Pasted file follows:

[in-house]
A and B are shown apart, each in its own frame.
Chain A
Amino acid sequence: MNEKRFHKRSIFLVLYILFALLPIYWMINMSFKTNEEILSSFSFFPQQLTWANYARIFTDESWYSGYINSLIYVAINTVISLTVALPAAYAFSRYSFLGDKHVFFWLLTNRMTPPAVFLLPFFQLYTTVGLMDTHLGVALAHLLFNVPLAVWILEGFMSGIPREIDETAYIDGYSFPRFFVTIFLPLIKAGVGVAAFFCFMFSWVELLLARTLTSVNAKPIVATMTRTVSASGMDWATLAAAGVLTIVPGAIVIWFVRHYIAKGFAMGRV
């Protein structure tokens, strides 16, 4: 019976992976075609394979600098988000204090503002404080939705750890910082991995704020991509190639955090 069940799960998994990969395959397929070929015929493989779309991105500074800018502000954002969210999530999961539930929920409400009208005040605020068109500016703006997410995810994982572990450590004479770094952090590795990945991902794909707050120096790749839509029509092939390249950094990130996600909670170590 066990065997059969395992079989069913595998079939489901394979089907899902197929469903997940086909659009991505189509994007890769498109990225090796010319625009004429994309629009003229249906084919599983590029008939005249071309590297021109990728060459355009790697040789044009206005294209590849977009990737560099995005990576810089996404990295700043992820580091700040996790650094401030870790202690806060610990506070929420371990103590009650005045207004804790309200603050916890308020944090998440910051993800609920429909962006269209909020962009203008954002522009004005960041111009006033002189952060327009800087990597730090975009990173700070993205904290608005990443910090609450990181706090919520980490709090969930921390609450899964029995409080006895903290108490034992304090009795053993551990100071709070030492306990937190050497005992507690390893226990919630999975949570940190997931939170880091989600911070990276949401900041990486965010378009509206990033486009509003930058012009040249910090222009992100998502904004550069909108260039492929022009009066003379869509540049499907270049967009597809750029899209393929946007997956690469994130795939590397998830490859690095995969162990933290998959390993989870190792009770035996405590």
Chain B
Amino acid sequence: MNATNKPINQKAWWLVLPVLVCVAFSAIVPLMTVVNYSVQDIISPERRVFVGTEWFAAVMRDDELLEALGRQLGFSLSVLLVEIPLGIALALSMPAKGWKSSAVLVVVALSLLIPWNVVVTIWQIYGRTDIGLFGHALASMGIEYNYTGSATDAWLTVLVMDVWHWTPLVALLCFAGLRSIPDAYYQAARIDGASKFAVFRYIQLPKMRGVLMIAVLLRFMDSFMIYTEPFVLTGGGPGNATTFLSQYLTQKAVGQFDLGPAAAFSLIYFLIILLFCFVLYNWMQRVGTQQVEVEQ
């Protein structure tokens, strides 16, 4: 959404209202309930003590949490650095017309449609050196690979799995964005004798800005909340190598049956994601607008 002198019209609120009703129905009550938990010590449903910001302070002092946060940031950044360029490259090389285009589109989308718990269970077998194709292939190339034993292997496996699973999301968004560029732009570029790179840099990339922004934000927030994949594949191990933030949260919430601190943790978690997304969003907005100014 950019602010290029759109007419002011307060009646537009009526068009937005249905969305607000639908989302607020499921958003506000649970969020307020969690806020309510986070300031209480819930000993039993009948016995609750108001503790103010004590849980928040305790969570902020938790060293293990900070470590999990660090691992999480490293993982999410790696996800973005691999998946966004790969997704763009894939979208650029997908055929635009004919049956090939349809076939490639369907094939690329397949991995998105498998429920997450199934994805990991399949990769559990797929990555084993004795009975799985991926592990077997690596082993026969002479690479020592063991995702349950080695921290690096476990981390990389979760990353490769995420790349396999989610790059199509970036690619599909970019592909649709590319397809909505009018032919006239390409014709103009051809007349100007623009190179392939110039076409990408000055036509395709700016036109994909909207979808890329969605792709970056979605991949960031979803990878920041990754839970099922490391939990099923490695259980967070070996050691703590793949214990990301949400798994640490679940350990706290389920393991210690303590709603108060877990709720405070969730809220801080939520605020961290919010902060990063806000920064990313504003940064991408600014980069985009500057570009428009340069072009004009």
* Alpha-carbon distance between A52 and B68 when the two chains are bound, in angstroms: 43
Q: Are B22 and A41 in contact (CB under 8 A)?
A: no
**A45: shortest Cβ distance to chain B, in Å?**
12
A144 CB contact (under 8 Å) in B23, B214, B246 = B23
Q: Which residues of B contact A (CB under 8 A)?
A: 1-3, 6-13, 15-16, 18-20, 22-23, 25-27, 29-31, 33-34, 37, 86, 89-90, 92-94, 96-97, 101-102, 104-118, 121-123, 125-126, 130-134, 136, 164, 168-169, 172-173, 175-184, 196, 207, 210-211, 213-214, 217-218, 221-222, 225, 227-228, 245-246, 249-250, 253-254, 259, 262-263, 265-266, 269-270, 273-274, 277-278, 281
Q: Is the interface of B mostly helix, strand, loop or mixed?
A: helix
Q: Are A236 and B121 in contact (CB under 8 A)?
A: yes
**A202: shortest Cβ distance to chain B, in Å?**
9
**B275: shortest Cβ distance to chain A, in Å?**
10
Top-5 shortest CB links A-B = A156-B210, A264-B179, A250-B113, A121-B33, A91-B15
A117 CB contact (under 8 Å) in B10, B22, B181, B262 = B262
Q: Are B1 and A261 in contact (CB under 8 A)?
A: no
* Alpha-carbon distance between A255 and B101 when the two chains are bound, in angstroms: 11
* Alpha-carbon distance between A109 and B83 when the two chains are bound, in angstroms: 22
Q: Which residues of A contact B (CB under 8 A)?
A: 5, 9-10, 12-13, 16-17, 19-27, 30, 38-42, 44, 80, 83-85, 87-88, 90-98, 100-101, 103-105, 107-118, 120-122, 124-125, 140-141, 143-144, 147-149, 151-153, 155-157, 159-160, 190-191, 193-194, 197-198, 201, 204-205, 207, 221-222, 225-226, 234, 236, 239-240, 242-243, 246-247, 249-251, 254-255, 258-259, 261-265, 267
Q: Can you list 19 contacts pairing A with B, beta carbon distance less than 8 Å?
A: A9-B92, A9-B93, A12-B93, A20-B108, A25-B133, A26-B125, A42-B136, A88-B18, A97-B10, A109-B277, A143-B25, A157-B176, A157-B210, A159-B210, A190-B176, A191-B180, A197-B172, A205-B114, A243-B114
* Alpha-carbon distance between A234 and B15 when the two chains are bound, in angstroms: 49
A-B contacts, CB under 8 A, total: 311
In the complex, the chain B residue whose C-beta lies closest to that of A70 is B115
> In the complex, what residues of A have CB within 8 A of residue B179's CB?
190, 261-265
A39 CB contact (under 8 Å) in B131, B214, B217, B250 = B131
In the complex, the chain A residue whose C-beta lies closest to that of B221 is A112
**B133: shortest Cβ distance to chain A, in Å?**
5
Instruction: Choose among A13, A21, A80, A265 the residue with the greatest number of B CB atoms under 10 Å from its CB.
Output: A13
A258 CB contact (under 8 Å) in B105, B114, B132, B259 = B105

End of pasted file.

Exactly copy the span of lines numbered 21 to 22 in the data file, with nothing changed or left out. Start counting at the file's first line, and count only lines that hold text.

**A202: shortest Cβ distance to chain B, in Å?**
9